When you’re making your music, what comes first: the idea or the melody?
I’m definitely a very vibe-y person. I’m all about what I feel. So I have to hear the music and have a feeling. Most of the time, the feeling comes out in a sound, a melody. Then I’ll tell a story with the melody I like. I could put an album together right now of music and melody with no words.
What can listeners learn about you when they hear your album?
I’m not really making my album about me; I’m just trying to give people an escape. I listened to Michael Jackson, Madonna and Mary J. Blige and I never thought about it really being about them, just wherever they took me.
Fast-forward five years, what goals will you have checked off your to-do list?
I want to get a really large female following. On my twitter and Instagram that I have a lot of young girls that follow me because they need a leader, or an answer to whatever they might be going through and are too scared to tell somebody else. I want to create some kind of place, school, summer camp, organization that gives the support that they need just to be a woman in the world. It’s just so hard right now. The music right now is so male-heavy. It’s all about, “I wanna do this to her, I wanna make her do this.” It’s not “I love her and she’s my everything.” I want to create something sound for young females to be a part of.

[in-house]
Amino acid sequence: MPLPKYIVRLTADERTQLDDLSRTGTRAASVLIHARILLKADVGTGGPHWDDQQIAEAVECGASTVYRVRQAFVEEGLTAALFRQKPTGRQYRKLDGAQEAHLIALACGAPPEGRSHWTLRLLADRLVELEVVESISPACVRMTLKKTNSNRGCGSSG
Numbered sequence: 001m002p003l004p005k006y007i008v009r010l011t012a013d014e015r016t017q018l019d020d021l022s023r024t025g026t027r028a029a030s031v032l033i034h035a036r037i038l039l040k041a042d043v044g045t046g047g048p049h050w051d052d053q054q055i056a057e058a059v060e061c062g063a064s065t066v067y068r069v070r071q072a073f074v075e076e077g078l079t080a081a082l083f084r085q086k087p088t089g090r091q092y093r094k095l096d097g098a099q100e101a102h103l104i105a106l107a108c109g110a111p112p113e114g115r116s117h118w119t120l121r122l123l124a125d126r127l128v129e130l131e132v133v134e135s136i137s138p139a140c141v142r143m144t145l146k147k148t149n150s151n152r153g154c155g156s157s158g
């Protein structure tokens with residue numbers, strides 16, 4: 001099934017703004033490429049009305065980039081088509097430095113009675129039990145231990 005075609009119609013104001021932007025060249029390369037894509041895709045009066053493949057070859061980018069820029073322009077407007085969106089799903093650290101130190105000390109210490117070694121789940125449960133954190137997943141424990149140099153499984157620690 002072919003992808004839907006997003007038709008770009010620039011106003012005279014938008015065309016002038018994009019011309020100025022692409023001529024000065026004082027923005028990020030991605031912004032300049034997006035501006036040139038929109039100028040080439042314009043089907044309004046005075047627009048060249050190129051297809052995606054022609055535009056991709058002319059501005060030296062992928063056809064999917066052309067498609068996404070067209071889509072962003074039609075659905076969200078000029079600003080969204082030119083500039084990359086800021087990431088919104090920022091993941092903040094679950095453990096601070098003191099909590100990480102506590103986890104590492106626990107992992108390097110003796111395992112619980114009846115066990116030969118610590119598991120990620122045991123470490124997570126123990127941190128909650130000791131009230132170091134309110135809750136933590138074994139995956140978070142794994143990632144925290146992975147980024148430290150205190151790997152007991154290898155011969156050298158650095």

How do you feel the music climate is in terms of the females? How do you think girls are progressing in 2013?
We’re not. I And I support any female artist. The breakthrough is going to be a little difficult because it’s just hip-hop right now, which is really male dominated, and it’s dominating the radio stations. I don’t know what’s going on, but I feel like every woman has a buck-er side to them. I don’t think we’re giving the industry that buck side. Yeah, we can be sensitive and emotional, but it’s like ‘aye, open the door.’ I got something to say.